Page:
Historical Context

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‘‘What I Have Been Doing Lately’’ does not allude to a specific time period, nor does it indicate in which nation it takes place; however, because it references ‘‘black and shiny’’ people in a coastal setting, it is not unlikely that this story, like most of Kincaid’s work, is set in the West Indies. Moira Ferguson, in Jamaica Kincaid: Where the Land Meets the Body, narrows this estimation much further by stating that At the Bottom of the River, in which ‘‘What I Have Been Doing Lately’’ appears, takes place ‘‘in Antigua during the 1950s.’’ Kincaid lived as a British colonial subject until 1966, and as the majority of her work is autobiographical, it is perhaps appropriate to contextualize her writing within the historical and cultural framework of the colonial and postcolonial world of the West Indies.

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According to Islands of the Commonwealth Caribbean: A Regional Study (Sandra W. Meditz and Dennis M. Hanratty, editors) Christopher Columbus sighted Antigua in 1493 during his second voyage; however, the island was not formally colonized until 1632 when it was claimed by the English. Except for a short period in 1966-67, when the French held Antigua, it remained a British possession until its independence in 1981. From the time of Kincaid’s birth until she left Antigua, the island was consistently challenging colonial authority. During the years 1935-1960, there were political campaigns aimed at curtailing the colonial subjugation of the Antiguans. In her article about Kincaid in the New York Times Magazine, Leslie Garis notes that Kincaid became increasingly angry about the subservient role that Antiguans were forced to play with the British. In 1966, the year Kincaid left Antigua for the United States, Vere Cornwall Bird, Sr. went to London to discuss Antigua’s desire for independence. A year later, Antigua became an associated state of Britain, meaning that, although it was internally autonomous, the island was still dependent upon Britain to handle its foreign affairs and defense matters. After a constitutional conference in December of 1980, the island was finally granted complete independence from the British crown and officially became the nation of Antigua.

In 1674, Sir Christopher Codrington established what was to have a lasting effect on Antigua’s society and culture—the island’s first sugar plantation. By 1679, half of the island population was composed of slaves imported from Africa’s west coast. During colonial times, the descendants of these slaves made up the lower strata of Antigua’s racially-determined social structure. On the other end of the spectrum were the plantation owners and political elites, who were all of European descent. According to Paget Henry in Peripheral Capitalism and Underdevelopment in Antigua, the years 1960- 68 brought an ‘‘emergence of the formal dominance of the Afro-Caribbean cultural system’’ during which many Antiguans began to assert their own cultural identity, independent of colonial influence. Antigua’s push for independence was greatly reflected in the literature, painting, sculpture, drama, and dance of these times. Notable here is that during these years Kincaid was a young woman who was also in the process of defining her identity. Leslie Garis’s article for the New York Times Magazine notes that during these formative years Kincaid began to ‘‘detest everything British.’’ Years later, her work would likewise reflect a concern for identity and a distaste for colonial rule.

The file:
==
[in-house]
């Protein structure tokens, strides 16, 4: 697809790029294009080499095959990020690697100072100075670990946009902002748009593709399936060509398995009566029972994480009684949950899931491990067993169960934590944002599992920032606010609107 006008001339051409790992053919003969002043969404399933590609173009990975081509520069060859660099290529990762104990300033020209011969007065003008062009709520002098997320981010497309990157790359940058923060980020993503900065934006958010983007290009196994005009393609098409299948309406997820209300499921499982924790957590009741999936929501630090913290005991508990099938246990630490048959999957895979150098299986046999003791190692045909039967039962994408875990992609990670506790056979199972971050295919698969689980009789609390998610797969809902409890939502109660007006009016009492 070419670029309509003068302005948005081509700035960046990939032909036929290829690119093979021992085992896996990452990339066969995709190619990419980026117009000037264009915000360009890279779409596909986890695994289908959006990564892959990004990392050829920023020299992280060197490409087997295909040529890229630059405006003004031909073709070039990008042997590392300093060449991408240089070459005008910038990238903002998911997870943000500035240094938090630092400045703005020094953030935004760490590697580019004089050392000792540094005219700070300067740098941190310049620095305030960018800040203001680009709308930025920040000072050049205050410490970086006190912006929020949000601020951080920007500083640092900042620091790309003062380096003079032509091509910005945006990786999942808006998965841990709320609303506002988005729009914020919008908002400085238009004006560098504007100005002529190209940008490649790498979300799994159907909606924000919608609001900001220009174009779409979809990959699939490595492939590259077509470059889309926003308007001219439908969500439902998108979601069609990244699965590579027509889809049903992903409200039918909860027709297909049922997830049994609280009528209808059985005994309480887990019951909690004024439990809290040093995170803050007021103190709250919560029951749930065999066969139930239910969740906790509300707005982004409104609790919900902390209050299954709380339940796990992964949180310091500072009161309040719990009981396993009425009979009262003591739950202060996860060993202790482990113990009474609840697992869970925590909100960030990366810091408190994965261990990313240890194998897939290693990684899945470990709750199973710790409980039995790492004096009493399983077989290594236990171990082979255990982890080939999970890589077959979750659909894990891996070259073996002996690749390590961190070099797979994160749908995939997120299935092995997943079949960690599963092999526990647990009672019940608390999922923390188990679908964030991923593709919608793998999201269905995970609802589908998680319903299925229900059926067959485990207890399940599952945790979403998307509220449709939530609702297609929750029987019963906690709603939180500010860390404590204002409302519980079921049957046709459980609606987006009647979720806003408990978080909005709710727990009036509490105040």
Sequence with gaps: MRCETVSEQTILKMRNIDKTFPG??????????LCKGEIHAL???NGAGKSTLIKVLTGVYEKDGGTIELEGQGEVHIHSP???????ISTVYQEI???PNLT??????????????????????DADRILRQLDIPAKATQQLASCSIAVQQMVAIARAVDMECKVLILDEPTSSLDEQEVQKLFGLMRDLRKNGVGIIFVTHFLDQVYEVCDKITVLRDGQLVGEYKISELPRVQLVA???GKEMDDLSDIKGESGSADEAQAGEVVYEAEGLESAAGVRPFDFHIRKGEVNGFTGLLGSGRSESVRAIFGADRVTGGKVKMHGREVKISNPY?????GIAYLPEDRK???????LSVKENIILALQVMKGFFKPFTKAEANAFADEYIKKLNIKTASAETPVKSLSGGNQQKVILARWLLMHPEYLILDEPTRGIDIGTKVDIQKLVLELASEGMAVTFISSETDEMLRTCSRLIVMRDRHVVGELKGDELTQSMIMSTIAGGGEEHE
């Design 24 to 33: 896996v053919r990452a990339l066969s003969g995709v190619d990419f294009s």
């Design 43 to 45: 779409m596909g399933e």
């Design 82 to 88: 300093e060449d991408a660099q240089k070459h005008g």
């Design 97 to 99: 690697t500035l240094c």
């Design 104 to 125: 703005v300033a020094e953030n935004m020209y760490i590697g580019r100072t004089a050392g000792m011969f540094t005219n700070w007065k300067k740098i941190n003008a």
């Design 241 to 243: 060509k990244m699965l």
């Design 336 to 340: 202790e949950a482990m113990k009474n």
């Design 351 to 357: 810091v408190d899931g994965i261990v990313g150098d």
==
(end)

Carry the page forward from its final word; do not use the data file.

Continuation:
Another way of understanding the cultural context of Kincaid’s work is to look at the other literature by women Caribbean authors writing in the postcolonial era. According to Laurence A. Breiner in West Indian Literature, the decade of the eighties ushered in an increasing number of works that were written by women and that addressed issues regarding women. The many points in common that Kincaid shares with these other writers locate her within this Caribbean cultural phenomenon. Renu Juneja, also in West Indian Literature, notes that ‘‘Caribbean women writers offer us female- centered narratives and poems with a preponderance of the first person and autobiographical modes.’’ In general, the use of autobiography and the first person point of view in all postcolonial literatures has come to be understood as an attempt to reassert the female voice in literature and history. Although Kincaid stated that ‘‘literature teaches us about men and women,’’ in Jamaica Kincaid: Where the Land Meets the Body she acknowledges that the themes of identity and differentiation do permeate her work. Postcolonial Caribbean literature is also known for addressing and responding to the ‘‘dual colonization’’ of women. The term ‘‘dual colonization’’ refers to the double oppression of women during the colonial period; not only were they subjugated as colonial subjects, but they were deemed subservient by virtue of their gender as well. Kincaid alludes to colonialism in her works, and in A Small Place, she confronts it head on. In summary, Kincaid’s writing fits within an emerging cultural identification process in which writers concerned their works with issues of both femininity and colonialism.